(IDEX Online) – De Beers’ new diamond recovery vessel, the largest of its kind in the world, has set sail from a shipyard in Romania to be fitted with mission equipment for work off the Namibian coast.
The $470m ship will use sub-sea crawling extraction techniques to retrieve marine diamonds from the seabed, which will then be processed on board.
It was commissioned by Debmarine Namibia, a 50/50 joint venture by De Beers and the government of Namibia.
The 177-meter ship, known as Additional Mining Vessel 3 (AMV3) will join Debmarine’s existing five-strong fleet, which dredge thousands of tonnes of sediment from 150 meters below the seabed, 12 miles off Namibia’s south-western coast.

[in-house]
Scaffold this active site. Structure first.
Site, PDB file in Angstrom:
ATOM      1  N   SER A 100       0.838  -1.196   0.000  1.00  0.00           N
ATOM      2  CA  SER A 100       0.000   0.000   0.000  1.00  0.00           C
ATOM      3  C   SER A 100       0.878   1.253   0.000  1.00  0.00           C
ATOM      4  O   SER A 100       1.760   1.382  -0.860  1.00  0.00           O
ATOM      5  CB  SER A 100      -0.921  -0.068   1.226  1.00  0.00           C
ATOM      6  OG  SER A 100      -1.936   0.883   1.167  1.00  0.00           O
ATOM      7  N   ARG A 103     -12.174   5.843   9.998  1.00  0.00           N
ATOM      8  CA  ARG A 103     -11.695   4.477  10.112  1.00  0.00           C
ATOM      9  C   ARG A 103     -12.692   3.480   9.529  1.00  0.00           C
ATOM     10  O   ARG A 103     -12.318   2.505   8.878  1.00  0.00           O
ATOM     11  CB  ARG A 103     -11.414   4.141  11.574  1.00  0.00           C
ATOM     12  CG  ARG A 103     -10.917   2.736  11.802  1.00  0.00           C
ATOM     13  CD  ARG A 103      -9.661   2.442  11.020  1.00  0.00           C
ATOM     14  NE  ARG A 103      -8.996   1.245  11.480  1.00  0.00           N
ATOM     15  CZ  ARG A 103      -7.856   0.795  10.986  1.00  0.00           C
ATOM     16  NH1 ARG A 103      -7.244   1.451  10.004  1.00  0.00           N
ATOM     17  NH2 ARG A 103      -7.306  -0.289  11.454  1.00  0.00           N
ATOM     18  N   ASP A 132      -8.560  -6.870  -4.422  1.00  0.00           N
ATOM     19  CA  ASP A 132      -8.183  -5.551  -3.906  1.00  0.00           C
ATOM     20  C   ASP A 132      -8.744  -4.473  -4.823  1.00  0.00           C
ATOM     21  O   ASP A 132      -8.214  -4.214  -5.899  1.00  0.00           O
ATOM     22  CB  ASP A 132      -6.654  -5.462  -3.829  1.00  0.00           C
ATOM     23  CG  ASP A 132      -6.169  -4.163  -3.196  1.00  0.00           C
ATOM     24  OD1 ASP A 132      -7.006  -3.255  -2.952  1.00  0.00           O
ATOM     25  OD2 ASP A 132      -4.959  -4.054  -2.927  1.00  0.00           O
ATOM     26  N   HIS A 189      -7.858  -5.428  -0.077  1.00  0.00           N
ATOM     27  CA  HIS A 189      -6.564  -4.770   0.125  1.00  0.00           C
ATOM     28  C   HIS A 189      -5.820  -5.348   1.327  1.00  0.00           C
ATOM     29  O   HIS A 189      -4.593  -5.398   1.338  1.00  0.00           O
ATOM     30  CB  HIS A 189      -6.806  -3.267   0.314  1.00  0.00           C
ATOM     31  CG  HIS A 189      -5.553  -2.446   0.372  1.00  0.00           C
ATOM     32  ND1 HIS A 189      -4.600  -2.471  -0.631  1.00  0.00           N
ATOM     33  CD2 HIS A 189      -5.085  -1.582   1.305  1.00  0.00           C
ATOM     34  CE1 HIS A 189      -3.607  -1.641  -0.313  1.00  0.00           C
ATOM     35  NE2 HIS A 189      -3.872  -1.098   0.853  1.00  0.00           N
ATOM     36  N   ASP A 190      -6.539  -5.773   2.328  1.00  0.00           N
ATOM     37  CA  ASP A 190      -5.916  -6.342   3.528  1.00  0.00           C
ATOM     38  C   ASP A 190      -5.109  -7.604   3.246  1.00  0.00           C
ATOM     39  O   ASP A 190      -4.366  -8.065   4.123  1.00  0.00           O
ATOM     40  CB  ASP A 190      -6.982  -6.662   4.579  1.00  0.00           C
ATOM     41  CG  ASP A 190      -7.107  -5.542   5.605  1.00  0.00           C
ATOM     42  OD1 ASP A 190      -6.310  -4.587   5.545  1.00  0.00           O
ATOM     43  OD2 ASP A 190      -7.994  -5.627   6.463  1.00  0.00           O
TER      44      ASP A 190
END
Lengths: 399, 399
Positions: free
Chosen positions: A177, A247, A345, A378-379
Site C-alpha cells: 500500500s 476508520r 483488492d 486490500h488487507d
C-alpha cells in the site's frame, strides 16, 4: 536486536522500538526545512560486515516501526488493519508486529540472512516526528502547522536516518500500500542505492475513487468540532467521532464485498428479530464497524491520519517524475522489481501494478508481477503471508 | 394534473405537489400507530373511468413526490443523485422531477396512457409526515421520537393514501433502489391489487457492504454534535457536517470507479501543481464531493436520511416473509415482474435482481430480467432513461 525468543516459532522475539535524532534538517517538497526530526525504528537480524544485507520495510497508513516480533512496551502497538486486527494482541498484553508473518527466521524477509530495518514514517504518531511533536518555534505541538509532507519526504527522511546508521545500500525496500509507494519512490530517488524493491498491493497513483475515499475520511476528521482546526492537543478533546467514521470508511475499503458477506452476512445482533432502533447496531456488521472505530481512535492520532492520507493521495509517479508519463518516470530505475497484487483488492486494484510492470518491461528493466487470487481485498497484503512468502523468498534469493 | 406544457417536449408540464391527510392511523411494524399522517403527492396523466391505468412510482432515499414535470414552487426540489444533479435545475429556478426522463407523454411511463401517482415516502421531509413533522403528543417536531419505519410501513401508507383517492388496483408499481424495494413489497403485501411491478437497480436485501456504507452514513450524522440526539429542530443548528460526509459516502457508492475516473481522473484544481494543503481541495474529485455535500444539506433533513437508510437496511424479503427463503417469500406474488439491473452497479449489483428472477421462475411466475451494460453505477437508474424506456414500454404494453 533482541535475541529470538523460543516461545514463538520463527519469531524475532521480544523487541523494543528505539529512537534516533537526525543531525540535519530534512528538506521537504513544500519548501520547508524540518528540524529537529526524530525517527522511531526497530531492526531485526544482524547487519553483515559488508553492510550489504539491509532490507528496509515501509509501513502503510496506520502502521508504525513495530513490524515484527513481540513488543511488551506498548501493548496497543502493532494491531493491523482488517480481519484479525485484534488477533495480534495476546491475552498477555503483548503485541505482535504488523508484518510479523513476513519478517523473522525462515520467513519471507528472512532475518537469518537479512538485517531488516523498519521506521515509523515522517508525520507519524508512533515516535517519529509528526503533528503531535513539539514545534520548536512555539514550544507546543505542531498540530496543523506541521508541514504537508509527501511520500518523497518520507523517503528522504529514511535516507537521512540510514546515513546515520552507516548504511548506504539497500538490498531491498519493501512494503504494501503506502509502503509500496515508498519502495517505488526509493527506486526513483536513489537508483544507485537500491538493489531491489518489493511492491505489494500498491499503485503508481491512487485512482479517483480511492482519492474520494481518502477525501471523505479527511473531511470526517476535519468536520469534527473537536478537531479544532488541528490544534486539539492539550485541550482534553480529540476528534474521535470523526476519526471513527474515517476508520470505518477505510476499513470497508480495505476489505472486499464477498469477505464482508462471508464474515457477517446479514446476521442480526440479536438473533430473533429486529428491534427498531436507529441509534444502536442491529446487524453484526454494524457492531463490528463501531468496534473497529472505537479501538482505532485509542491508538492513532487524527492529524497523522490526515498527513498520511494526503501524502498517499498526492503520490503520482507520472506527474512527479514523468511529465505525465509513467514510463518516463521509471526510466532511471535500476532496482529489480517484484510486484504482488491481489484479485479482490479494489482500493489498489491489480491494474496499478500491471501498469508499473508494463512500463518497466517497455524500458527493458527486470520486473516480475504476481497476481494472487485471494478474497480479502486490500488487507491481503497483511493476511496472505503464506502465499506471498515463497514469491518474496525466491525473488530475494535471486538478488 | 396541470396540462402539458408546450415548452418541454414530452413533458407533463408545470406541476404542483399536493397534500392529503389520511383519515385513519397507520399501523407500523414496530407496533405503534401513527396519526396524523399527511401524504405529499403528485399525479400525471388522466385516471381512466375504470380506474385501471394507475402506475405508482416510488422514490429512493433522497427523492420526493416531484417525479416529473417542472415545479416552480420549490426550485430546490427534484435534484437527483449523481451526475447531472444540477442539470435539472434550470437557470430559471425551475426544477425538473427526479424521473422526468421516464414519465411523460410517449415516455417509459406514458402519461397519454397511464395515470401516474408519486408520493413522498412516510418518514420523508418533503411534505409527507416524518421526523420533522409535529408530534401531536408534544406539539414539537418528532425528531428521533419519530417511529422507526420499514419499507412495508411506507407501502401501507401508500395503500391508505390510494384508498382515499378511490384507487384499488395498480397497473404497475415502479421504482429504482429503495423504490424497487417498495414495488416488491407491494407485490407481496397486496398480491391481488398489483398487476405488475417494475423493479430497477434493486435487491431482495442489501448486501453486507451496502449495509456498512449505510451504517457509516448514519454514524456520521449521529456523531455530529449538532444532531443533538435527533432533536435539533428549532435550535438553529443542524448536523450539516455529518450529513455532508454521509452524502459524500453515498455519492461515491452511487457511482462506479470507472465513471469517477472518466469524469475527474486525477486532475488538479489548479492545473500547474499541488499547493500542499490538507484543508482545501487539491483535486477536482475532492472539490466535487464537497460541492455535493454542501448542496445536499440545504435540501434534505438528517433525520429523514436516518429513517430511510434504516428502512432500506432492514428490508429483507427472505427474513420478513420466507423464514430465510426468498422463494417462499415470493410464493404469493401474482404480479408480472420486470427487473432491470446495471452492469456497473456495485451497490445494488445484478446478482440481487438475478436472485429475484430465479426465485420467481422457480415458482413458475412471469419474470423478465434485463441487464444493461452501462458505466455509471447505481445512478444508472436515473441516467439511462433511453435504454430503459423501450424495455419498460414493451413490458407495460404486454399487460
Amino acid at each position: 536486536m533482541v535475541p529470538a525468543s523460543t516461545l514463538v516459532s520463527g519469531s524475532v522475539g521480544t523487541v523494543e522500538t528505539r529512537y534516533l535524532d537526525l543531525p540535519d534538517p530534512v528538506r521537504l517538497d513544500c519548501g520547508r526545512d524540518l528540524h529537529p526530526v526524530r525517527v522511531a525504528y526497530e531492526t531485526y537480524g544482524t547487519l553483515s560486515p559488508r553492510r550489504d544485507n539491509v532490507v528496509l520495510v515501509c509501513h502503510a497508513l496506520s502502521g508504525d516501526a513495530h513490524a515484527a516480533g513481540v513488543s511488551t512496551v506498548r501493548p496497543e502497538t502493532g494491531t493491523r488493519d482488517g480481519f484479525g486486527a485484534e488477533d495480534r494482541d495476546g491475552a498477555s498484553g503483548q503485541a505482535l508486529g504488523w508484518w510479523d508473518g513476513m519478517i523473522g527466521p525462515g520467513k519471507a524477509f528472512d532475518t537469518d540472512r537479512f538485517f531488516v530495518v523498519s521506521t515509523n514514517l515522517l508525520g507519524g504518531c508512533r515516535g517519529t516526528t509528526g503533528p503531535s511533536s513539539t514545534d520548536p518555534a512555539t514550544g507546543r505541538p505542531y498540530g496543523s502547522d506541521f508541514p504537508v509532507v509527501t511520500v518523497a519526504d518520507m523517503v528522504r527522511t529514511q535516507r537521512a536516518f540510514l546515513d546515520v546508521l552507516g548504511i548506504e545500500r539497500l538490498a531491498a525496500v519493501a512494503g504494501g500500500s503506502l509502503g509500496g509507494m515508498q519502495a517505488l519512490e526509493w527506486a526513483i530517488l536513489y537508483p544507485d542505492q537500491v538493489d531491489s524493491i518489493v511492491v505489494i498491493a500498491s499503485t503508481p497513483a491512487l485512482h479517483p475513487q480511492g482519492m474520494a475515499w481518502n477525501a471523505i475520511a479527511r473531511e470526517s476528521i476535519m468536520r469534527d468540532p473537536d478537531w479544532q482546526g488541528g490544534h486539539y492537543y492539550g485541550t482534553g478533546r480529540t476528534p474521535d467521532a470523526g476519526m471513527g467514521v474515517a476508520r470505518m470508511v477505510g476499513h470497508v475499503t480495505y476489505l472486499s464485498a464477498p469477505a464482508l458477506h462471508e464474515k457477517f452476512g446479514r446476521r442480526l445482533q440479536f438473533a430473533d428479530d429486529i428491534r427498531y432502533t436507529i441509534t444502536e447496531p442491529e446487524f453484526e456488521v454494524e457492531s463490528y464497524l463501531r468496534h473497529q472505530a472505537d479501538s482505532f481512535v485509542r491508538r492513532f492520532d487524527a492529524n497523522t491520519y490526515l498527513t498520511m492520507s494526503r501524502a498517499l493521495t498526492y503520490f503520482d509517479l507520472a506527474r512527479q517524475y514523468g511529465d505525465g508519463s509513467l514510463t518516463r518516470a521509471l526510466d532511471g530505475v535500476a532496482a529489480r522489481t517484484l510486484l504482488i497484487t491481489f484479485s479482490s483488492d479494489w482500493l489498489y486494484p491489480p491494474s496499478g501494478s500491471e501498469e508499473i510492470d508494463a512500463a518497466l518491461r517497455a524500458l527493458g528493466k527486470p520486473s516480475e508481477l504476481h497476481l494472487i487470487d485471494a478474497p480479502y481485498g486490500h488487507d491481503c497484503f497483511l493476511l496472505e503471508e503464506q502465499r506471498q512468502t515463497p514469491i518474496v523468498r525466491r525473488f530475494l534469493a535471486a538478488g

AMV3 is expected to increase Debmarine’s output by about 500 000 carats.
It set sail from Damen Shipyards, Romania, last month and is expected to reach the Port of Cape Town, South Africa, in the next few days.
Debmarine produces 1.4m carats annually. It uses either airlift-drill technology, or on more modern ships, a 280 tonne track-mounted remote-controled crawler to bring up the gravel. Then they wash, sift and sort it on board, and return the sediment – as well as the odd octopus – back to the bottom of the ocean.
The diamonds are automatically sealed into barcoded steel briefcases and flown by helicopter three times a week to vaults back on dry land, in the capital Windhoek to be graded.
Pic of AMV3 courtesy @VisualCre8 / Damen